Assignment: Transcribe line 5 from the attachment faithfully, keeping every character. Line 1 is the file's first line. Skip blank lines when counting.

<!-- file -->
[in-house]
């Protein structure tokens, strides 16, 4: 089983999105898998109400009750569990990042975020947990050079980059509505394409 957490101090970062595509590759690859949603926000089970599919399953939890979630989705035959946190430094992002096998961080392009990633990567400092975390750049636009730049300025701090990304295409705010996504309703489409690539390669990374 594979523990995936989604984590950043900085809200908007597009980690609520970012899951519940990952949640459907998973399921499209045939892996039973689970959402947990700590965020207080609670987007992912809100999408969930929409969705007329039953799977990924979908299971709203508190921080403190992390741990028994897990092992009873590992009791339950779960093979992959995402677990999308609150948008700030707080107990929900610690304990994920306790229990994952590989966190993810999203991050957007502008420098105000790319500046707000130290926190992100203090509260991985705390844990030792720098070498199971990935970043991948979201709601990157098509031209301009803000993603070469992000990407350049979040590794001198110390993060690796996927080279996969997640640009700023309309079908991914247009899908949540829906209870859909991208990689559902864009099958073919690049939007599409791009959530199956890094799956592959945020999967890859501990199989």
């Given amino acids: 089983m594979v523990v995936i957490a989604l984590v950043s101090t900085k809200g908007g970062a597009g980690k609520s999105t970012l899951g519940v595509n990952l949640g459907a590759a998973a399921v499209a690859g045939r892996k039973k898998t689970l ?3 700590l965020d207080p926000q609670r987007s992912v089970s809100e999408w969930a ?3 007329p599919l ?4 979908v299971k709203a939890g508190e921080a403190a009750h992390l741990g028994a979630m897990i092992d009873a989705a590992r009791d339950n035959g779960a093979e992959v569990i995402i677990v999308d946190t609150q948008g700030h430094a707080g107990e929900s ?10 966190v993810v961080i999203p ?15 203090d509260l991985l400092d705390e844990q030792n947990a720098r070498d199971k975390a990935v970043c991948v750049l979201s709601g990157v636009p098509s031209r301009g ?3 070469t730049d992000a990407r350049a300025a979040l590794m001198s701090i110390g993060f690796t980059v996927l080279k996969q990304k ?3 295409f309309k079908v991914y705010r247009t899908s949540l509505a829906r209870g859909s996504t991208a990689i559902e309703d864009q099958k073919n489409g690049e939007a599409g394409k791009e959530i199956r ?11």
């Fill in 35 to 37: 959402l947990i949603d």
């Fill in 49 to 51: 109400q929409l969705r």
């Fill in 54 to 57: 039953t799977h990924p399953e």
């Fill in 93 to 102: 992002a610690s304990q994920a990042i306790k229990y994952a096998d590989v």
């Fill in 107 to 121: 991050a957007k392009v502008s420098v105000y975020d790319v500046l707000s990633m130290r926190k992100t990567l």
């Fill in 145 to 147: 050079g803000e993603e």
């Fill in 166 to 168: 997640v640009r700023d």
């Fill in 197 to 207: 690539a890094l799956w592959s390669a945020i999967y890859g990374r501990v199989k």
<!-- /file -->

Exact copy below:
């Fill in 49 to 51: 109400q929409l969705r």